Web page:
In a variant of the invention, the heads of the bolts 9 are provided with a rounded or chamfered inner face. This is indicated in FIG. 3. Optionally, a correspondingly-shaped washer 14 may also be fitted between the head of bolt 9 and the part of the bracket 20 to be secured. Alternatively, such a washer may be integrated into the bolt head design. The reasons for using such rounded bolt head inner surface are as follows: pairs of support brackets 20 are usually mounted parallel to each other, so that the vertical formwork can be moved in and out along parallel runners 35 on the bracket support members 20. However, some structures, such as the containment vessels mentioned earlier, have curved walls, so pairs or sets of parallel brackets must inevitably be mounted at an angle to the surface. Instead of providing a custom-made angled end to the bracket for each new project, which would be expensive and time-consuming, or a variable-angle end to the bracket, which would be less strong, a bracket with a flat end is preferred. However, the conical elements 8 are usually cast into the structure 1 such that bolts 9 are fitted normal to the surface of the structure 1. When the brackets 20 are mounted on the bolts 9 at an angle to the longitudinal axis of the bolt 9, the flat plate end of the bracket 20 will be at an angle to the inner (load-bearing) face of the bolt head 9. The contact area between the bolt head and the end plate of the bracket 20 will thus be extremely small, and the horizontal forces borne by the bolt 9 will thus be applied all at one small region of the inner face of the bolt head, which may result in distortion of the bolt 9 or the plate, or possibly failure of either part. By providing the bolt head with a rounded or chamfered inner face, the mating surface area between the bolt head and the flat plate can be increased, thus reducing the likelihood of distortion or damage.

FIG. 3 also illustrates another variant of the invention, wherein the conical element 8 is provided with a load-transferring shoulder in the form of a flaring of the conical element 8 in an outer region nearer to the outer surface of the structure 1. The load-transferring shoulder can be a discontinuous change of angle of the outer surface of the conical element 8, or it can be formed with a continuous or varying curvature, or a combination of these profile types. The load-transferring shoulder serves to improve static load transfer from the bracket 20, via the bolt 9, into the concrete. In this way, the load-bearing properties of the conical anchor element can be greatly enhanced. The conical elements with the extra load-transferring shoulder can be used wherever conical elements are required to be cast in, or they can be reserved for those anchoring points which will be required to bear the load of the ring-beam while it is cast. In practice, it has been found that a conical anchor element equipped with a load-transferring shoulder can be capable of bearing a vertical load of more than 50 kN, and up to 200 kN or even more, without causing any significant degradation of the concrete surrounding the anchor cone 8 and the lost anchor part 13. Such heavy-duty, high-load anchor elements may be used for supporting the formwork climber for casting ring-beam sections, where the vertical loading is much greater than the conventionally-cast, non-overhanging, sections 2a, 2b, 2c of the structure 1.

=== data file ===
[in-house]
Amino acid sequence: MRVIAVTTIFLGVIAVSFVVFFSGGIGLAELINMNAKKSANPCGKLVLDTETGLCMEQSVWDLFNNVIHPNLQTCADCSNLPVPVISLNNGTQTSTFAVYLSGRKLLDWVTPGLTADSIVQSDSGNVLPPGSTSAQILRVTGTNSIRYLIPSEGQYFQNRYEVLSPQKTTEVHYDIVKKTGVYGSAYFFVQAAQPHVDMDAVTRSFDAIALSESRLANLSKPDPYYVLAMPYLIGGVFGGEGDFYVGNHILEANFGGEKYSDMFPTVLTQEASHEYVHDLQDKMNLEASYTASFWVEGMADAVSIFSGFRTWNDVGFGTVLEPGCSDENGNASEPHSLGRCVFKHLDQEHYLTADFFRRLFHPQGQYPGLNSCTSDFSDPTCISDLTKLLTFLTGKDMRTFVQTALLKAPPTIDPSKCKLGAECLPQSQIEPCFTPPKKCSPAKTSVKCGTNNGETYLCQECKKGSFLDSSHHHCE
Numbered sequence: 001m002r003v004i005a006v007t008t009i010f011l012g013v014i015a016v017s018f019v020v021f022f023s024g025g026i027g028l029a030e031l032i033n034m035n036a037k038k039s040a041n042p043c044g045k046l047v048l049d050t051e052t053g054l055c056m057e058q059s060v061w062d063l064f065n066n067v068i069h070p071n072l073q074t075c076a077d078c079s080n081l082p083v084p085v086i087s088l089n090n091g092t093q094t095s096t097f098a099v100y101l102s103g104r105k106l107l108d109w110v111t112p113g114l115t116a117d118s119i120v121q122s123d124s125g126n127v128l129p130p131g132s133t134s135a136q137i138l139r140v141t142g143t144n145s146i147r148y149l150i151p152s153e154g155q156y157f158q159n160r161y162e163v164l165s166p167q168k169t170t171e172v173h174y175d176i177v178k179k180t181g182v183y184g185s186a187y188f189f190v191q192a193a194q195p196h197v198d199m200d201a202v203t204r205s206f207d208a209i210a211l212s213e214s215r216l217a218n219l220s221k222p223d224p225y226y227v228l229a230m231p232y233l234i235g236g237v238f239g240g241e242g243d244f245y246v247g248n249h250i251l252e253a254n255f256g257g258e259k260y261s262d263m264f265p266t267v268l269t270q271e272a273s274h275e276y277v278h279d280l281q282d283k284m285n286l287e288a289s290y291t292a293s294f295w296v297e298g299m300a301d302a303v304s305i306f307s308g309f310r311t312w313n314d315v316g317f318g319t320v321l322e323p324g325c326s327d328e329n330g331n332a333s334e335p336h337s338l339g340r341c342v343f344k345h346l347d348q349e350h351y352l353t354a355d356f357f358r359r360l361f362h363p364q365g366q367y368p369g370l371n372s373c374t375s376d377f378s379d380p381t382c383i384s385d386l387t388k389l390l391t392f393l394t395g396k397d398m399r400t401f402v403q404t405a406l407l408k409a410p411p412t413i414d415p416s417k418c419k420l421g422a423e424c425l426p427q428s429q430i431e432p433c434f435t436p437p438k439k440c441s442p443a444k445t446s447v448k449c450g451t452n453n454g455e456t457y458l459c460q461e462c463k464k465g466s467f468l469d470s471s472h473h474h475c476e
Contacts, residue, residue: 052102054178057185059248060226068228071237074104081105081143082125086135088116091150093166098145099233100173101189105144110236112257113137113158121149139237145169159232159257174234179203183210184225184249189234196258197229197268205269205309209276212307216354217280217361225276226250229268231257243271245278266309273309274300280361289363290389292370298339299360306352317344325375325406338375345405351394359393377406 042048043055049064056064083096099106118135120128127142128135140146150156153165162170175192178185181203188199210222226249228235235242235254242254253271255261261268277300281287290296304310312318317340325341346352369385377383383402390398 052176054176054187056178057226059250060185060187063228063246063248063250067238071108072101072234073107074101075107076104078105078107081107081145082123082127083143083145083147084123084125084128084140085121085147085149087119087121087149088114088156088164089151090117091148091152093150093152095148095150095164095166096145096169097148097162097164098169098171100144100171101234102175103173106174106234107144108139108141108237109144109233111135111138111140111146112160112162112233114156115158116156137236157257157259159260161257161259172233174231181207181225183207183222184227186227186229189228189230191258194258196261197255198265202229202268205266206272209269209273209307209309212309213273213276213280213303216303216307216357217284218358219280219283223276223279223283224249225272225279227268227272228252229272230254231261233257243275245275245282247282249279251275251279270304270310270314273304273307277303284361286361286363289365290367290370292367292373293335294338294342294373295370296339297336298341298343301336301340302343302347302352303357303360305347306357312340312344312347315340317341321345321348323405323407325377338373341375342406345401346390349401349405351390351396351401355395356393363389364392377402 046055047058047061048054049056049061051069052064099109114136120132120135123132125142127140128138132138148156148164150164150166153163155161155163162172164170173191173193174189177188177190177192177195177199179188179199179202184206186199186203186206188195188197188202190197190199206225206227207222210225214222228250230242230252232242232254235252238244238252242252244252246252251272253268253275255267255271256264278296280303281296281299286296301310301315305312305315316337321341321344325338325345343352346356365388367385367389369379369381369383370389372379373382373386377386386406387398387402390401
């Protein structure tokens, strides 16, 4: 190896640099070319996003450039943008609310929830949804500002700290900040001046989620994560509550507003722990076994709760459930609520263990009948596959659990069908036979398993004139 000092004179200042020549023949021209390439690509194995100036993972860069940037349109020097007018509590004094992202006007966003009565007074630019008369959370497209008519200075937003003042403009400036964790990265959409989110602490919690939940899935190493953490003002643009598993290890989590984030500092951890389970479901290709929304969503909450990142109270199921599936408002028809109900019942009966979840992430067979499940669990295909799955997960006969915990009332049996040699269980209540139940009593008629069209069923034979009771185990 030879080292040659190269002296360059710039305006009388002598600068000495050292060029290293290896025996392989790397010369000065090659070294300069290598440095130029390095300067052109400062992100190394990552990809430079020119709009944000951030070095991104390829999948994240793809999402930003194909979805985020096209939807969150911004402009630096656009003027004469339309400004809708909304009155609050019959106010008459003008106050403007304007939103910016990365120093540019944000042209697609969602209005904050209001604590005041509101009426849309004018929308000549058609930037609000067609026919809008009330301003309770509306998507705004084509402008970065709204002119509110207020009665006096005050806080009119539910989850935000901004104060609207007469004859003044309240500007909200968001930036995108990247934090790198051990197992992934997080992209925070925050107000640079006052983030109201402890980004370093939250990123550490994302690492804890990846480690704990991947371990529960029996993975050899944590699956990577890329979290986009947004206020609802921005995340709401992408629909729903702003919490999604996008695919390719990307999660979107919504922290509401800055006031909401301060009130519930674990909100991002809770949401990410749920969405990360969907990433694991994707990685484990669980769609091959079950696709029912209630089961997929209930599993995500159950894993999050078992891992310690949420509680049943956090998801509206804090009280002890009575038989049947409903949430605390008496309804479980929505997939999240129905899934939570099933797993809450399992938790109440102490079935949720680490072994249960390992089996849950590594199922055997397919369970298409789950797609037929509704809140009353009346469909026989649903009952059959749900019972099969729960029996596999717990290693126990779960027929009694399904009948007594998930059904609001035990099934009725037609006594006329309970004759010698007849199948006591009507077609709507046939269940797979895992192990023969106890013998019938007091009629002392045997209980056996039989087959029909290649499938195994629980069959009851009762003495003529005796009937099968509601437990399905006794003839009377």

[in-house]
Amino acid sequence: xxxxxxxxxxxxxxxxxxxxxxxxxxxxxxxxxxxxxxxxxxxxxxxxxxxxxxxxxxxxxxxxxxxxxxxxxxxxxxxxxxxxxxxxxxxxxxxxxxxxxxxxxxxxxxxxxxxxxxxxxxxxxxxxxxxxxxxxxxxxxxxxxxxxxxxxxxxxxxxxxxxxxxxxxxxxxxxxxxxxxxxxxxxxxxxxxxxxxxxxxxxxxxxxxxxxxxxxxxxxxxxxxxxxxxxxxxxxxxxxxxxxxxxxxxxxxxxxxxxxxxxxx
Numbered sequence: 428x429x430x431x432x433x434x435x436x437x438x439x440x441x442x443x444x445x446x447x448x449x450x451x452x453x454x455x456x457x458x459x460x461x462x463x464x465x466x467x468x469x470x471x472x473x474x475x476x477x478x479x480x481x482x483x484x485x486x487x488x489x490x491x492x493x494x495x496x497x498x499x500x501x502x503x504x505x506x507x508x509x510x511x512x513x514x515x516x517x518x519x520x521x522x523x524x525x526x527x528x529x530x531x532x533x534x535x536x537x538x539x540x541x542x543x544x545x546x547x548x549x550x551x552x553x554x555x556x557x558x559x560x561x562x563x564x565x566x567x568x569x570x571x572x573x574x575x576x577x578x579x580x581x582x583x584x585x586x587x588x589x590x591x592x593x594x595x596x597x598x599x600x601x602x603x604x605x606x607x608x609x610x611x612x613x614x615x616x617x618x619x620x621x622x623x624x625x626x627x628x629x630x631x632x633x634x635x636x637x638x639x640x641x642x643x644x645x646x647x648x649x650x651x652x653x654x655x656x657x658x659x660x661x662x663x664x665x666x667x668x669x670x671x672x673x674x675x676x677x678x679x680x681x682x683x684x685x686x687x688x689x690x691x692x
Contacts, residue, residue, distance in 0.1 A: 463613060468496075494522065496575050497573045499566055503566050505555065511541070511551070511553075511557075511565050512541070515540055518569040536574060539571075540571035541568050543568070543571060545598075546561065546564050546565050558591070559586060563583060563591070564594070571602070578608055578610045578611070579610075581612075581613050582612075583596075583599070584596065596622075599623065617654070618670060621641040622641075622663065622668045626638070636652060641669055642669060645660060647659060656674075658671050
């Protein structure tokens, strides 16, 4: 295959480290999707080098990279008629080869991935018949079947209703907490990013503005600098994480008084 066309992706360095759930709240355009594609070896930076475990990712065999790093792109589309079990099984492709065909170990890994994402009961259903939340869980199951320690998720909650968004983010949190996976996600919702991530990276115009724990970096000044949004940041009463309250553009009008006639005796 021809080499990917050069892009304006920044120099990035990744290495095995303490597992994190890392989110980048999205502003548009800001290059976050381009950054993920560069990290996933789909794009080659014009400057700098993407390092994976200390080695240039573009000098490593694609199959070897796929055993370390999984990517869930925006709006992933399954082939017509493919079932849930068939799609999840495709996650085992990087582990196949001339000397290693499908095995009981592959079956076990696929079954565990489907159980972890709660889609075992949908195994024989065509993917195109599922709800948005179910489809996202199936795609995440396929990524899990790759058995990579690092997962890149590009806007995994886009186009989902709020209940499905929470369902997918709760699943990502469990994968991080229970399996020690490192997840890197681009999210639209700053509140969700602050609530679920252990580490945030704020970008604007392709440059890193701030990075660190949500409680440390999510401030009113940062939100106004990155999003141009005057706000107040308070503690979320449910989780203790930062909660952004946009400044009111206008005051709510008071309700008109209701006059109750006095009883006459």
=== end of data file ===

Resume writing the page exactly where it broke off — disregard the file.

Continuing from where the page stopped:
Also indicated in FIG. 3 are some of the degrees of freedom which are afforded by the apparatus of the invention. Double-ended arrow A, for example, indicates the movement of the carriage 40 which supports the vertical formwork towards and away from the structure being cast. The displacement mechanism 35, 40, 41 may be implemented in a number of different ways. It must however be such that the vertical formwork can be held stationary while the concrete section is cast. Double-ended arrow B indicates how the vertical formwork 33 can be tilted about pivot point 34. This tilting is controlled by angle adjuster unit 32. Double-ended arrow C in intended to indicate one of the degrees of freedom of movement of the vertical formwork 33 which can be achieved by means of individual rotational adjusters (not shown). Double-ended arrow D indicates the vertical displacement of the horizontal formwork 45. The vertical displacement means 43, for example screw-jacks, can also be adjusted individually to incline the horizontal formwork 45 in any direction away from the horizontal. The vertical displacement means 43 can be used for bringing the formwork into position, bearing the weight of the casting material above it, and for lowering the formwork again after the casting is complete. Double-ended arrow E indicates how the vertical position of vertical formwork can be adjusted using vertical formwork vertical adjusters 38.

FIGS. 4 to 6 show further steps in casting the example structure of FIG. 1. Only one side of the casting and one formwork climber are shown in these figures, for the sake of clarity. FIG. 4 shows a situation following that of FIG. 2, in which the concrete has been cast in section 2c. In FIG. 5, the formwork climber 10 is raised in preparation for casting a ring-beam section 3 on top of the already-cast section 2c of wall 1. FIG. 5 shows the horizontal formwork 45 in position, ready to support the weight of the overhanging part of the ring beam 3 while the concrete sets. FIG. 6 shows the same arrangement as in FIG. 5, but after casting has been carried out, and when the casting material (concrete, for example) is sufficiently cured that the vertical and horizontal formwork 33 and 45 can be retracted away from the cast material to the positions shown.

Note that, although the two anchors 8,13 and 8′,13′ appear to be similar to each other in FIGS. 5 and 6, the upper anchor 8,13 may advantageously be a heavy-duty anchor, such as the anchor shown in FIG. 3, capable of bearing the significant extra vertical load of the ring-beam section 3, while the lower anchor, 813′, is implemented as a more conventional, less heavy-duty anchor such as is normally used for supporting formwork climbers.